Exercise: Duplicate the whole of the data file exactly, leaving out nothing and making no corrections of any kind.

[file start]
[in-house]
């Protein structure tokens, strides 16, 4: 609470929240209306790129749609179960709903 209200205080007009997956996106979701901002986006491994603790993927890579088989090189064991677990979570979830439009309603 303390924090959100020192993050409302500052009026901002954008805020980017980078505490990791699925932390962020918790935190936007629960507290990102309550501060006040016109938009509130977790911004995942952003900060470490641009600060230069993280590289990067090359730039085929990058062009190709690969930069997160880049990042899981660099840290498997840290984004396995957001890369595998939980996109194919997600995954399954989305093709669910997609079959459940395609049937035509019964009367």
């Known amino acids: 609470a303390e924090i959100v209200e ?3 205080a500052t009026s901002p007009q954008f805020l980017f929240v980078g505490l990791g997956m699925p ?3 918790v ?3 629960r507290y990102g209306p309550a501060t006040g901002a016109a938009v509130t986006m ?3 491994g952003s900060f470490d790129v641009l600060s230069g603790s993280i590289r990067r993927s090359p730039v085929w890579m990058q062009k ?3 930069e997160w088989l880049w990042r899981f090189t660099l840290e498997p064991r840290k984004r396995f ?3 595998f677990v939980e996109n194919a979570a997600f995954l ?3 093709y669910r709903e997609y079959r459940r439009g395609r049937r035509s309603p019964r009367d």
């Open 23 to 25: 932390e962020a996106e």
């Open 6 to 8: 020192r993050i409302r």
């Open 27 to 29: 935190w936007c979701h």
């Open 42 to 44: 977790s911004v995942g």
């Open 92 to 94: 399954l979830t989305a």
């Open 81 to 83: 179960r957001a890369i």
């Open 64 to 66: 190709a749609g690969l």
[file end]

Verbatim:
[in-house]
């Protein structure tokens, strides 16, 4: 609470929240209306790129749609179960709903 209200205080007009997956996106979701901002986006491994603790993927890579088989090189064991677990979570979830439009309603 303390924090959100020192993050409302500052009026901002954008805020980017980078505490990791699925932390962020918790935190936007629960507290990102309550501060006040016109938009509130977790911004995942952003900060470490641009600060230069993280590289990067090359730039085929990058062009190709690969930069997160880049990042899981660099840290498997840290984004396995957001890369595998939980996109194919997600995954399954989305093709669910997609079959459940395609049937035509019964009367």
């Known amino acids: 609470a303390e924090i959100v209200e ?3 205080a500052t009026s901002p007009q954008f805020l980017f929240v980078g505490l990791g997956m699925p ?3 918790v ?3 629960r507290y990102g209306p309550a501060t006040g901002a016109a938009v509130t986006m ?3 491994g952003s900060f470490d790129v641009l600060s230069g603790s993280i590289r990067r993927s090359p730039v085929w890579m990058q062009k ?3 930069e997160w088989l880049w990042r899981f090189t660099l840290e498997p064991r840290k984004r396995f ?3 595998f677990v939980e996109n194919a979570a997600f995954l ?3 093709y669910r709903e997609y079959r459940r439009g395609r049937r035509s309603p019964r009367d």
């Open 23 to 25: 932390e962020a996106e």
């Open 6 to 8: 020192r993050i409302r």
């Open 27 to 29: 935190w936007c979701h």
């Open 42 to 44: 977790s911004v995942g």
């Open 92 to 94: 399954l979830t989305a």
């Open 81 to 83: 179960r957001a890369i």
């Open 64 to 66: 190709a749609g690969l």